Astronaut Christina Koch using the BFF on board the ISS. Photo via NASA.
Astronaut Christina Koch using the BFF on board the ISS. Photo via NASA.

Bioprinting on the ISS

The BioPrint FirstAid project is not the first to explore and realize the benefits of microgravity bioprinting in space. 

In 2018, Russian research laboratory 3D Bioprinting Solutions sent its 3D bioprinter, the Organ-Avt, to the ISS to carry out experiments for printing living tissue in space

The following year, 3D bioprinter manufacturer CELLINK announced a strategic partnership with mcirogravity manufacturing specialist Made In Space, now owned by off-world manufacturing specialist Redwire, to identify 3D bioprinting development opportunities for the ISS and future off-world platforms. Made In Space’s Additive Manufacturing Facility (AMF) has been aboard the ISS since 2014 carrying out various 3D printing-based experiments.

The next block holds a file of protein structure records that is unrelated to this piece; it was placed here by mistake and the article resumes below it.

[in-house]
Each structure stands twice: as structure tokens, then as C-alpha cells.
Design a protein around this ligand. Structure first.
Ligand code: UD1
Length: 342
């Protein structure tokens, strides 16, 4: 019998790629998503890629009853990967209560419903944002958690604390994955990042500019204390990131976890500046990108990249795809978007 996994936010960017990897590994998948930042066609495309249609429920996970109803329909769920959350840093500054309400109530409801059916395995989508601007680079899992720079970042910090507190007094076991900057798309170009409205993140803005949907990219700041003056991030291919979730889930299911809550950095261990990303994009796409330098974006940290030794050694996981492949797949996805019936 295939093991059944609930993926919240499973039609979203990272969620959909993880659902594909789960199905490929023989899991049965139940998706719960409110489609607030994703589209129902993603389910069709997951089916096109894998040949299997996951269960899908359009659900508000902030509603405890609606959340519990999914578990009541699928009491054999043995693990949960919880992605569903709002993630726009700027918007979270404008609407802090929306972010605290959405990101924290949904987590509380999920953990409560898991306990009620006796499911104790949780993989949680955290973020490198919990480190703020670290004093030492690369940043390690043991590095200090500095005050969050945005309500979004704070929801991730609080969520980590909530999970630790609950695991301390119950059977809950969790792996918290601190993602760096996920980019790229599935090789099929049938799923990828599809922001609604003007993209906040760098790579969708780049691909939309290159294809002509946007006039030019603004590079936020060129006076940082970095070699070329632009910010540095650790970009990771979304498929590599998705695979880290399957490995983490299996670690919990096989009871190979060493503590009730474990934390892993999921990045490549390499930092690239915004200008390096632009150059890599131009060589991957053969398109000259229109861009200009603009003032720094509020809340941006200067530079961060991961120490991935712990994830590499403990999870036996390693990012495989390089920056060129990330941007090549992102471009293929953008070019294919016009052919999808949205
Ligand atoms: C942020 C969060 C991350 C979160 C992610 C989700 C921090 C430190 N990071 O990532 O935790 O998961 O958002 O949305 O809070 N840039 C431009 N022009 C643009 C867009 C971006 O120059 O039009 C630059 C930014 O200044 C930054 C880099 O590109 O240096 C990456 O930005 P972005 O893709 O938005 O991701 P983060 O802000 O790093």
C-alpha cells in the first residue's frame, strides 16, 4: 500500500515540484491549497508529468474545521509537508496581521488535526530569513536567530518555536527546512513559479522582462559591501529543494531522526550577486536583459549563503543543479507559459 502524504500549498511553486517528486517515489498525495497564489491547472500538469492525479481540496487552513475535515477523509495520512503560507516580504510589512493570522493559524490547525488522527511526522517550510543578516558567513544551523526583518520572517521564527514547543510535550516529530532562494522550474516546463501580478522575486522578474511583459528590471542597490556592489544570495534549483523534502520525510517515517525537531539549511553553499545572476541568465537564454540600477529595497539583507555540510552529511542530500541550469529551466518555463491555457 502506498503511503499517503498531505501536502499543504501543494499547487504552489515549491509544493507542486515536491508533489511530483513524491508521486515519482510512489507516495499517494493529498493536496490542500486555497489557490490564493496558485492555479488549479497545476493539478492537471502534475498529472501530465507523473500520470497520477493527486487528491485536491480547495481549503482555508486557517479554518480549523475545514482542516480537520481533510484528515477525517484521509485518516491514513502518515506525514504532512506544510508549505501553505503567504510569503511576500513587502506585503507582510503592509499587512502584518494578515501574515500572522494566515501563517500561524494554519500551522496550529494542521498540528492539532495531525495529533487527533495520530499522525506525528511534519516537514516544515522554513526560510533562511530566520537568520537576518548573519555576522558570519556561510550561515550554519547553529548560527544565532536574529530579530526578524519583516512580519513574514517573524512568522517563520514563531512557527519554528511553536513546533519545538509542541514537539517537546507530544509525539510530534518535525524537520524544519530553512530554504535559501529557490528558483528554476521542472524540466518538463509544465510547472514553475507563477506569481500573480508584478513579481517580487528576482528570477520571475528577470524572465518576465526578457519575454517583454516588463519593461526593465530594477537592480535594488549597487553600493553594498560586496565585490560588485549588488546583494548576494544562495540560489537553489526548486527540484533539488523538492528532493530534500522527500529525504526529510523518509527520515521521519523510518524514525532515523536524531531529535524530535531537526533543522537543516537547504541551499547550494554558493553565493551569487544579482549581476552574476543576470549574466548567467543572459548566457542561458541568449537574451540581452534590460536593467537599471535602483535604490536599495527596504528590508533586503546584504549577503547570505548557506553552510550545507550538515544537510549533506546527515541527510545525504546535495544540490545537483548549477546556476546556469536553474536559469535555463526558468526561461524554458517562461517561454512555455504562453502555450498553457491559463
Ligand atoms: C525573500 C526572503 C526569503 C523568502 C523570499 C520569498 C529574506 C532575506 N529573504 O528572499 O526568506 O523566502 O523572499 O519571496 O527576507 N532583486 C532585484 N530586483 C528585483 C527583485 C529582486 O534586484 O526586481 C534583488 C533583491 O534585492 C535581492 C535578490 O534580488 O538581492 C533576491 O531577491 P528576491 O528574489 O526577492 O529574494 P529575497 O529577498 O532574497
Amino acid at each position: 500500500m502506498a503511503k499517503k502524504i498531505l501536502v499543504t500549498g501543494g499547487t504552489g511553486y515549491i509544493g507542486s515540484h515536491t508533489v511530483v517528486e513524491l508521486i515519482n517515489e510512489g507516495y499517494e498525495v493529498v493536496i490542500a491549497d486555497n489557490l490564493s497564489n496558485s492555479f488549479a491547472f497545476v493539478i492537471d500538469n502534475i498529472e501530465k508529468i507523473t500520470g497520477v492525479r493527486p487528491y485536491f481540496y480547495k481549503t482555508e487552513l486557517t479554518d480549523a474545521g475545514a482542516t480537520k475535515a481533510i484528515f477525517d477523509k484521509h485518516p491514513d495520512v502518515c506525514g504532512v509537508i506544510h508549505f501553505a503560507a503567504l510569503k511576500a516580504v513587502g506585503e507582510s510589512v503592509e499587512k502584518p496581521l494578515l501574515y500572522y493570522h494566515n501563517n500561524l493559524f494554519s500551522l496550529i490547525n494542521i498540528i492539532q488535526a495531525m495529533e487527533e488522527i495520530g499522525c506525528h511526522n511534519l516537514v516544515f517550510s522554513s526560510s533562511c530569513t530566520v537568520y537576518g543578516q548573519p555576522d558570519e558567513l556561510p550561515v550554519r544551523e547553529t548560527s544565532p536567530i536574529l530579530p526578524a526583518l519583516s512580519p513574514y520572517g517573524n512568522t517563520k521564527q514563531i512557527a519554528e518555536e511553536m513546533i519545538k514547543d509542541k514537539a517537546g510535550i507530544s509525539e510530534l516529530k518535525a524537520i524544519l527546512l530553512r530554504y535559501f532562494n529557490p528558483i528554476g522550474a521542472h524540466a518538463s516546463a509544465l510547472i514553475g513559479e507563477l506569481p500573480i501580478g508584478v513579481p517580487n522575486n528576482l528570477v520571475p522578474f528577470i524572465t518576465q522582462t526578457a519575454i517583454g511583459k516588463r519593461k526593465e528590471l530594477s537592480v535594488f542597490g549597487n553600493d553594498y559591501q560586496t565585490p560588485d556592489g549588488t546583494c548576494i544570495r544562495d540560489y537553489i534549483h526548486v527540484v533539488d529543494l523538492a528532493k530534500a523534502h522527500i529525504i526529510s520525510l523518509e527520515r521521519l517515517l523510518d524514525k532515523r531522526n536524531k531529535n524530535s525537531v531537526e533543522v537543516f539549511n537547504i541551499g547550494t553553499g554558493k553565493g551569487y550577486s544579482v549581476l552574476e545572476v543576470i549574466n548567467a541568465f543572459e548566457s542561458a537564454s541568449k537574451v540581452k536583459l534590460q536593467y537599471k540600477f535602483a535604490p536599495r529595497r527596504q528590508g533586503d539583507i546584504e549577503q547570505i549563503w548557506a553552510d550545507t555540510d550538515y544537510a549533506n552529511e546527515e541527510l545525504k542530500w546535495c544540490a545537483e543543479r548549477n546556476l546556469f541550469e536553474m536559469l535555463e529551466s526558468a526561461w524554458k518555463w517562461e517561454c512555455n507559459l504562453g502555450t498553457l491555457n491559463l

Meanwhile, the 3D BioFabrication Facility (BFF) bioprinter from 3D printing systems manufacturer nScrypt and spaceflight equipment developer Techshot also made its debut on the ISS in 2019. A payload containing 3D printed supplies for the BFF was sent to the ISS the following year, containing human cells, bioinks, and a new set of 3D printed ceramic fluid manifolds.

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Featured image shows European Space Agency (ESA) astronaut Matthias Maurer demonstrates the Bioprint FirstAid prototype during a training session. Photo via OHB/DLR/ESA.